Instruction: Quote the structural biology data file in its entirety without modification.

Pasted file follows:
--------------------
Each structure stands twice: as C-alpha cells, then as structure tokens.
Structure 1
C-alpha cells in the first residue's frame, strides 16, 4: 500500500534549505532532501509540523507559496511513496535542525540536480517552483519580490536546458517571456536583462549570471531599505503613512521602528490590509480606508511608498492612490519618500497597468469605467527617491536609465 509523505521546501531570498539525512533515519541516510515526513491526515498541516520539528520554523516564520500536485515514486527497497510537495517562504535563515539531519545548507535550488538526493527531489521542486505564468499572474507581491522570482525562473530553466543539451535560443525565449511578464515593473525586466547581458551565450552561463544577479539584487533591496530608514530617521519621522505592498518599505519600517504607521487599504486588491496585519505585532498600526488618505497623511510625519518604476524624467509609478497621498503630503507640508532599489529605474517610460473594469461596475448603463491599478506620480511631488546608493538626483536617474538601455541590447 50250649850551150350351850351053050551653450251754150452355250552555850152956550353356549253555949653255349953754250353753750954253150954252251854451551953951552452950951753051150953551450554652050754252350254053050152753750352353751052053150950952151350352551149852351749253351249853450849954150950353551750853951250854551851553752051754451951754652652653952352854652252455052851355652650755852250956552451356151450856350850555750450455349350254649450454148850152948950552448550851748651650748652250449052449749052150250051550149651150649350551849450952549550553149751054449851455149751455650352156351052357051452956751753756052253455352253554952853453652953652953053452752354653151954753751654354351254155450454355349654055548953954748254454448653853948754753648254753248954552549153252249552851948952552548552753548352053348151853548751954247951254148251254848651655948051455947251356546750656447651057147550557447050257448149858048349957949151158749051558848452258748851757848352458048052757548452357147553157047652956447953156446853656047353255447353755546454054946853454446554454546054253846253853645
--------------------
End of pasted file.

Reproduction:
Each structure stands twice: as C-alpha cells, then as structure tokens.
Structure 1
C-alpha cells in the first residue's frame, strides 16, 4: 500500500534549505532532501509540523507559496511513496535542525540536480517552483519580490536546458517571456536583462549570471531599505503613512521602528490590509480606508511608498492612490519618500497597468469605467527617491536609465 509523505521546501531570498539525512533515519541516510515526513491526515498541516520539528520554523516564520500536485515514486527497497510537495517562504535563515539531519545548507535550488538526493527531489521542486505564468499572474507581491522570482525562473530553466543539451535560443525565449511578464515593473525586466547581458551565450552561463544577479539584487533591496530608514530617521519621522505592498518599505519600517504607521487599504486588491496585519505585532498600526488618505497623511510625519518604476524624467509609478497621498503630503507640508532599489529605474517610460473594469461596475448603463491599478506620480511631488546608493538626483536617474538601455541590447 50250649850551150350351850351053050551653450251754150452355250552555850152956550353356549253555949653255349953754250353753750954253150954252251854451551953951552452950951753051150953551450554652050754252350254053050152753750352353751052053150950952151350352551149852351749253351249853450849954150950353551750853951250854551851553752051754451951754652652653952352854652252455052851355652650755852250956552451356151450856350850555750450455349350254649450454148850152948950552448550851748651650748652250449052449749052150250051550149651150649350551849450952549550553149751054449851455149751455650352156351052357051452956751753756052253455352253554952853453652953652953053452752354653151954753751654354351254155450454355349654055548953954748254454448653853948754753648254753248954552549153252249552851948952552548552753548352053348151853548751954247951254148251254848651655948051455947251356546750656447651057147550557447050257448149858048349957949151158749051558848452258748851757848352458048052757548452357147553157047652956447953156446853656047353255447353755546454054946853454446554454546054253846253853645